Toddler died after being bound and forced to sleep face-down in ‘cage’ bed, court hears

19-month-old was tied to mattress with tight ligatures across her chest and legs, it is claimed

Wednesday 03 October 2018 22:06
Three face manslaughter charges at Liverpool Crown Court
Three face manslaughter charges at Liverpool Crown Court

A toddler died after being bound and forced to sleep face down in a “cage” bed, a court has heard.

Ellie-May Minshull-Coyle, aged 19 months, was tied to the mattress of her bed with tight ligatures across her chest and legs and a duvet placed over her, a jury at Liverpool Crown Court was told.

Her bed had been pushed against a wall and the open sides enclosed by the slatted sides of a cot lashed together with ligatures and tied to the bed frame, the court heard.

Sheets and bedding were placed over the sides of the “monstrous cage” to prevent her seeing outside, no lights were working inside her bedroom and a mattress and sheet was also covering the window.

Her ankles were also tied together, it was alleged, and the sleeping position compromised her breathing, causing her death, the jury was told.

There were also marks on the child’s wrists and ankles, suggesting she had been tied to the “cage” at some point.

The child’s mother, Lauren Coyle, 19, her boyfriend, Reece Hitchcott, 20, described as Ellie-May’s stepfather, and their lodger, Connor Kirby, 20, all deny manslaughter on 23 March last year.

It is alleged that all three, at the time, lived with the child in a two-bedroom flat in Ward Street, in Lostock Hall, Preston, and everyone in the household knew what was going on.

Christopher Tehrani QC, opening the case for the prosecution, told the jury: “It is the prosecution’s case Ellie-May was caged and forcibly restrained in her bed by those who had care of her.

“This would have caused Ellie-May immense suffering, distress and upset.

“By being restrained in her bed in a face-down position, the prosecution say, Ellie-May’s breathing would have become compromised.

“She would not have been able to move off her front due to being restrained to allow her to resume breathing properly.

“The prosecution’s case is that Ellie-May’s death was unnecessary, pointless and wholly avoidable.”

Mr Tehrani told the jury that Ellie-May struggled with her sleeping patterns but was an otherwise normal child with no health problems.

Ms Coyle told police that, from around January 2017, Mr Hitchcott began to bind her daughter to the bed to “help her settle in a sleep routine” – though she did not approve.

Mr Hitchcott, aided by Mr Kirby, had enclosed the open side and end of her bed with the slatted side of a cot or cots tied together with ligatures and electric flex from a lamp.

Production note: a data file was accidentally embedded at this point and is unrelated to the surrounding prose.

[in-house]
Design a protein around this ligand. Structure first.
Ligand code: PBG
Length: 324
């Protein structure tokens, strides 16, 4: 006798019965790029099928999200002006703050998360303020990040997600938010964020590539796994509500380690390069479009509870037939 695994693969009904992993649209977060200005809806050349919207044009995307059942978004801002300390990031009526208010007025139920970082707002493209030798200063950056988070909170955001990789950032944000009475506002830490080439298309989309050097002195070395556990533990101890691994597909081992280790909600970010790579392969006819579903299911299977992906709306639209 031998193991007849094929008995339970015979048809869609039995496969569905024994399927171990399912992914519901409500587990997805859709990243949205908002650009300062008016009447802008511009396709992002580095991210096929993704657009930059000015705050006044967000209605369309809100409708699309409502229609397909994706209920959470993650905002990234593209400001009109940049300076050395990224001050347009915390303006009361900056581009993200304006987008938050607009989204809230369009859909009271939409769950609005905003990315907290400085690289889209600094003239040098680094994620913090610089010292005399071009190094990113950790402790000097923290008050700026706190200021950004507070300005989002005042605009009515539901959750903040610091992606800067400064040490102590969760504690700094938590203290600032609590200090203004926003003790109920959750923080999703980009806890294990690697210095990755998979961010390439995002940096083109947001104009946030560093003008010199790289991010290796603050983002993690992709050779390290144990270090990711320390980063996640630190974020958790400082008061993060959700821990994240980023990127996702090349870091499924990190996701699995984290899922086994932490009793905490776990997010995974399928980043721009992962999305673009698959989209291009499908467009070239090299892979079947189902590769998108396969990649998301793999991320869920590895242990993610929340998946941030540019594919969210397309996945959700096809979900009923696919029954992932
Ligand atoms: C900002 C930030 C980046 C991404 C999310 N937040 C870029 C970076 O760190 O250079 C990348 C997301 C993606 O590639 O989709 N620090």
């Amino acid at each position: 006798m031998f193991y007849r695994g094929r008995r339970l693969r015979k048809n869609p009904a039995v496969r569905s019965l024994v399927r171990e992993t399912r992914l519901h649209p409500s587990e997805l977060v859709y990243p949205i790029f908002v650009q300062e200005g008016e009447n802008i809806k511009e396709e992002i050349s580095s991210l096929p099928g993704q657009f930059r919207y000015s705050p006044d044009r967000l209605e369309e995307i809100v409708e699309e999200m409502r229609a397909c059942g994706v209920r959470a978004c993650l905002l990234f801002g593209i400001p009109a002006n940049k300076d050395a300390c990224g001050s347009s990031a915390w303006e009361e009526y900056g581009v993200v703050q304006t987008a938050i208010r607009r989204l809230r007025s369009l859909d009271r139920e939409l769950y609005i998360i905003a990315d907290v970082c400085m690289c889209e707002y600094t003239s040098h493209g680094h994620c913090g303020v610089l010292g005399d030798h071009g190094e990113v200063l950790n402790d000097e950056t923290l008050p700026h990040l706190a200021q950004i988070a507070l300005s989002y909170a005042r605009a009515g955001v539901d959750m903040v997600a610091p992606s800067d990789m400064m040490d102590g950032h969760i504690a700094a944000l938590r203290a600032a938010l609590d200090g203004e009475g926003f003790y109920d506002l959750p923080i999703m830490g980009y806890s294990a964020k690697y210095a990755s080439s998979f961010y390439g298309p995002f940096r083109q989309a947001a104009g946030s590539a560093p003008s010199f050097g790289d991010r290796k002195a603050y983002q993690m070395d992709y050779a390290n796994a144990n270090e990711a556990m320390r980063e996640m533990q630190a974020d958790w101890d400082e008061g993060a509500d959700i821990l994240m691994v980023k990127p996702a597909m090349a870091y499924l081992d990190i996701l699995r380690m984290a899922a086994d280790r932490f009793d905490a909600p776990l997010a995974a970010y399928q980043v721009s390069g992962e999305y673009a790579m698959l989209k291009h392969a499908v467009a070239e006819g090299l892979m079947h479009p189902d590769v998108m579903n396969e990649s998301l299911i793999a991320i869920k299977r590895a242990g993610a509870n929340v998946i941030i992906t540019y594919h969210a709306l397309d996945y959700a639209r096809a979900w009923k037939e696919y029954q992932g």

A blue blanket and a pink one were passed underneath the mattress, the blue one to secure Ellie-May to the bed across her chest and the pink one around her legs, the court heard.

On 22 March last year, Ms Coyle took her daughter to the local Jobcentre where the child was “mischievous and full of life”.

Around 7.30pm, Mr Hitchcott and Mr Kirby put the child to bed when she slept until midnight but was then unsettled during the rest of the night, prompting Ms Coyle to send a Snapchat message to a friend saying: “This child is pissing me of [sic] tonight.”

Around 6am, she messaged her father, Sean Coyle, to say her daughter was still crying but she had left her to cry for two hours, adding: “She’s taking the Mick now.”

When Mr Coyle arrived at the flat at 9am, he went to the toddler’s bedroom and realised there was a “terrible problem”.

Ellie-May was not breathing and an ambulance was called as resuscitation attempts were made.

The child was pronounced dead at 10.47am despite the efforts of doctors and nurses at the Royal Preston Hospital.

A post-mortem examination carried out by Dr Alison Armour, a Home Office consultant forensic pathologist, concluded the child’s death was caused by “forcible restraint by ligatures in a face-down position complicated by hyperthermia”.

Mr Tehrani continued: “Furthermore, Dr Armour noted that Ellie-May had wrist and ankle injuries consistent with being tied and restrained by ligatures attaching her to the caged structure that she was placed in.

“In Dr Armour’s opinion, Ellie-May’s injuries show that she had been forcibly tied to the bed on more than one occasion.

“Other injuries indicate the attempts Ellie-May may have made to release the ligature on her left wrist. She got scratch marks.”

A second expert concluded that the restraint placed the child at risk of “positional asphyxia”.

Ms Coyle, of Collins Road, Bamber Bridge, Preston, Mr Hitchcott, of The Fieldings, Fulwood, Preston, and Mr Kirby, of Octavia Court, Huyton, Liverpool, have all pleaded not guilty to manslaughter.

They also each deny a count of causing or allowing the death of the child, one count of child cruelty by “caging” the child in her bed, and another count of child cruelty by restraining her in the bed.

The trial continues.

Press Association

Register for free to continue reading

Registration is a free and easy way to support our truly independent journalism

By registering, you will also enjoy limited access to Premium articles, exclusive newsletters, commenting, and virtual events with our leading journalists

Already have an account? sign in

By clicking ‘Register’ you confirm that your data has been entered correctly and you have read and agree to our Terms of use, Cookie policy and Privacy notice.

This site is protected by reCAPTCHA and the Google Privacy policy and Terms of service apply.

Thank you for registering

Please refresh the page or navigate to another page on the site to be automatically logged inPlease refresh your browser to be logged in